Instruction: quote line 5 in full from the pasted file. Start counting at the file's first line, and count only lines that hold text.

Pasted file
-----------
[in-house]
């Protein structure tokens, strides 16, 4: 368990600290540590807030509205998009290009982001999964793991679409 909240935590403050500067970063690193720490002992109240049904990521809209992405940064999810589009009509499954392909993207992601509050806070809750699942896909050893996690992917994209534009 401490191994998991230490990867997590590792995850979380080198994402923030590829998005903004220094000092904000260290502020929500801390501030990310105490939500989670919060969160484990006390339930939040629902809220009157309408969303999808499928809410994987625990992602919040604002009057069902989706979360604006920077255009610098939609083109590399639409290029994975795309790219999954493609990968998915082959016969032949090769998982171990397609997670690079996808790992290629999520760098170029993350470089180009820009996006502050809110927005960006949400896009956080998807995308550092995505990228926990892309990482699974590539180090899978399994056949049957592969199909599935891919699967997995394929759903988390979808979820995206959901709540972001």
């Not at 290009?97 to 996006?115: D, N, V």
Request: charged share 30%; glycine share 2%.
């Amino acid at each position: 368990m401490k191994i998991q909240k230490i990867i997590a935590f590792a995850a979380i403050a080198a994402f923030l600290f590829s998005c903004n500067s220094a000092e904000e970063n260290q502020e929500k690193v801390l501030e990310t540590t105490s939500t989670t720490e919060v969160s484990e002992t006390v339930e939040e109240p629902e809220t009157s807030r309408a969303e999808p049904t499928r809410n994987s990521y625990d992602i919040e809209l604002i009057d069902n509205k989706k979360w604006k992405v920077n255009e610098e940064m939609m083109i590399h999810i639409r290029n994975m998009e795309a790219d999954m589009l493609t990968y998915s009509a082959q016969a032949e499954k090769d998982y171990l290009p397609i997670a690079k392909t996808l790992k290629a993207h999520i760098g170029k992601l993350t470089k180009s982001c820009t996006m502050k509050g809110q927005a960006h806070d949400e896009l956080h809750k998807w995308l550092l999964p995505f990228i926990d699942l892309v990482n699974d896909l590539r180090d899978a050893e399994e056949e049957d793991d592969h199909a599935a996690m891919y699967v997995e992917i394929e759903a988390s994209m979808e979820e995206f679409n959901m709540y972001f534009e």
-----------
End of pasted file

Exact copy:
């Amino acid at each position: 368990m401490k191994i998991q909240k230490i990867i997590a935590f590792a995850a979380i403050a080198a994402f923030l600290f590829s998005c903004n500067s220094a000092e904000e970063n260290q502020e929500k690193v801390l501030e990310t540590t105490s939500t989670t720490e919060v969160s484990e002992t006390v339930e939040e109240p629902e809220t009157s807030r309408a969303e999808p049904t499928r809410n994987s990521y625990d992602i919040e809209l604002i009057d069902n509205k989706k979360w604006k992405v920077n255009e610098e940064m939609m083109i590399h999810i639409r290029n994975m998009e795309a790219d999954m589009l493609t990968y998915s009509a082959q016969a032949e499954k090769d998982y171990l290009p397609i997670a690079k392909t996808l790992k290629a993207h999520i760098g170029k992601l993350t470089k180009s982001c820009t996006m502050k509050g809110q927005a960006h806070d949400e896009l956080h809750k998807w995308l550092l999964p995505f990228i926990d699942l892309v990482n699974d896909l590539r180090d899978a050893e399994e056949e049957d793991d592969h199909a599935a996690m891919y699967v997995e992917i394929e759903a988390s994209m979808e979820e995206f679409n959901m709540y972001f534009e």